“Many of the victims have asked why the archbishop did not reach out to them immediately after he says he learned of the abuse. ‘The silence has been deafening’…”
*** WARNING: This post contains some graphic information. ***
Two weeks ago The New York Times published an explosive article entitled Harvey Weinstein Paid Off Sexual Harassment Accusers for Decades. Since the story broke, media outlets have been covering this and related stories non-stop. Now those who were childhood stars are coming forward claiming that pedophilia is the number one problem in Hollywood. [Actually, they’ve been sounding the alarm for quite some time but have been ignored for the most part, until now…]
Needless-to-say, Dee and I are not at all surprised. We have been researching these topics for close to a decade now and have discovered that the young and innocent members of society — both male and female — are extremely vulnerable in both secular and religious settings.
In the wake of the Weinstein debacle, The New York Times is setting its sights on a scandal that they believe concerns the Archbishop of Canterbury. Several days ago, the NYT published an article entitled Doubts Grow Over Archbishop’s Account of When He Knew of Abuse. That would be alleged abuse at the hands of John Smyth, a British barrister who purportedly carried out “sadomasochistic physical abuse” on young men in the 1970s and ’80s. (link)
Here is a screen shot of the crux of the NYT article:
At long last, those claiming to have been victims as boys are coming forward to challenge the archbishop.That takes a lot of courage!
If you are unfamiliar with this developing situation ‘across the pond’, here is a 10-1/2 minute video that will help bring you up to speed.
Dee and I first became aware of these allegations against John Smyth earlier this year, and we shared what we were able to find out at the time in two posts (see links below).
Now that The New York Times is investigating, they stand a good chance of getting to the bottom of what happened.
The NYT article includes some interesting information about Justin Welby, the current archbishop of Canterbury. When he was in his 20s, he worked in Christian holiday camps. According to the NYT article:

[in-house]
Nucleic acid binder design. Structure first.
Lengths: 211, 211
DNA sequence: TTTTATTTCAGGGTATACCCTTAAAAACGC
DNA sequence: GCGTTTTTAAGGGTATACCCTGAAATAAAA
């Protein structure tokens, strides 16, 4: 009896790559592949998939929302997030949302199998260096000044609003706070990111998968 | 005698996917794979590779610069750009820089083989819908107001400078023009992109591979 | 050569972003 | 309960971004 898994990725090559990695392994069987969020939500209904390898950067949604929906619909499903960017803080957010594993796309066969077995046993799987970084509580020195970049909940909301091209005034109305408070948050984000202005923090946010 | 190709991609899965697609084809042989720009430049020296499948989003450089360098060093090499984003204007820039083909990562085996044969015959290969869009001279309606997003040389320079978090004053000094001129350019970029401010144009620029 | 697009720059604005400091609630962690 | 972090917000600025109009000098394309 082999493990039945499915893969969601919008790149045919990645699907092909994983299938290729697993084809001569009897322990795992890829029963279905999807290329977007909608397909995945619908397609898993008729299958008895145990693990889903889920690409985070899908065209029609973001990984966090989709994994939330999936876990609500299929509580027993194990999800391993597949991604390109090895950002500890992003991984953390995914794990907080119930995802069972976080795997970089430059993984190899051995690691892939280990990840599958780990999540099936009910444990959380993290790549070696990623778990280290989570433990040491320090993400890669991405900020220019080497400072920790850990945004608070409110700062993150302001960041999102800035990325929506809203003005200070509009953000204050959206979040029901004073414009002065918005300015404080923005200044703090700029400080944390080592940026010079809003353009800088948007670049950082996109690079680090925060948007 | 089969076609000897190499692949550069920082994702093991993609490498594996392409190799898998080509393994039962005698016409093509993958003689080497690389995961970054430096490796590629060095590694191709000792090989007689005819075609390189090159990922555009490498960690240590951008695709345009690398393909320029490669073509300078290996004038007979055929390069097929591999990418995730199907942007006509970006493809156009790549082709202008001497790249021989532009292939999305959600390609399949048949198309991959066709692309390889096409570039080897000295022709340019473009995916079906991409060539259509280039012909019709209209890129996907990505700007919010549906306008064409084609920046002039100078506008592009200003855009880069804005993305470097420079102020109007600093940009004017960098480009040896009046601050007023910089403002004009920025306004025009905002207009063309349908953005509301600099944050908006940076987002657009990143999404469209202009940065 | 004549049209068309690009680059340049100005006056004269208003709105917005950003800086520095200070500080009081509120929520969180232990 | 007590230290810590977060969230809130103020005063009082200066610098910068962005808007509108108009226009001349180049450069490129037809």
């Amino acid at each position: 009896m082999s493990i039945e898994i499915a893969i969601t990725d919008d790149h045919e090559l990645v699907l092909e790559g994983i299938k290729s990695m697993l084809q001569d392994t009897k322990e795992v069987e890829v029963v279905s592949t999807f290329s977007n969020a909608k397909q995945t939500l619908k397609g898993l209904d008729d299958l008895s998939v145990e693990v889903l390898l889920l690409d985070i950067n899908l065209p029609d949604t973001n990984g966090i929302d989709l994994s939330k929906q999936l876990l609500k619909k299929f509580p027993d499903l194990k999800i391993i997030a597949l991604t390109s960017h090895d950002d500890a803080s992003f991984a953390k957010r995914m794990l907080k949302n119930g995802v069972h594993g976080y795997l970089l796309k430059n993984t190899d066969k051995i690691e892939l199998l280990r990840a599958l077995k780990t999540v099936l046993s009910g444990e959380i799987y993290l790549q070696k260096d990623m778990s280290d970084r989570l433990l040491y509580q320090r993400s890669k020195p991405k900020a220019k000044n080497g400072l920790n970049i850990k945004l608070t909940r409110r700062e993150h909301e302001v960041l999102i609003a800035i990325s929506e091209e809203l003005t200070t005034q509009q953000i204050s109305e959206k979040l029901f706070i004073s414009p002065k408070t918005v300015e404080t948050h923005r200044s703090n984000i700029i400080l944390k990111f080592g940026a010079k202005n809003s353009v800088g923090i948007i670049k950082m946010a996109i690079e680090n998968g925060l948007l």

The archbishop, 61, was working abroad in 1982, when an internal investigation by an influential Christian charity supported allegations of sadistic practices by John Smyth, a prominent lawyer and evangelical leader who ran the camps.
The results of that investigation were never made public, and the allegations were dismissed when they were first reported to the British police in 2013 because Mr. Smyth had moved to Africa and was no longer in the country’s jurisdiction. It was not until Channel 4 news disclosed the accusations in a report earlier this year that a criminal investigation was started.
The 1982 inquiry, by Mark Ruston, a close friend of the future archbishop who has since died, was conducted on behalf of the Iwerne Trust, the Christian charity that oversaw the camps. The trust, which was chaired by Mr. Smyth, was a part of a network of camps inspired by the Anglican clergyman E. J. H. Nash, who recruited boys from Britain’s elite schools in the hope of evangelizing them.
The report accused Mr. Smyth of subjecting at least 22 teenage boys to savage beatings in his garden shed, with the intent of purging them of perceived sins such as masturbation and pride.
The NYT article details why those hurt by Smyth believe Welby knew what was happening. Smyth was …
banished first to Zimbabwe in 1982 and ultimately made his way to South Africa, where he faced new accusations in both countries about mistreated boys.
We encourage you to read the entire NYT article to understand the details of what is being alleged against the current archbishop.
Our hope and prayer is that the truth will finally come to light regarding what John Smyth did to those young boys and whether Justin Welby knew about it decades earlier.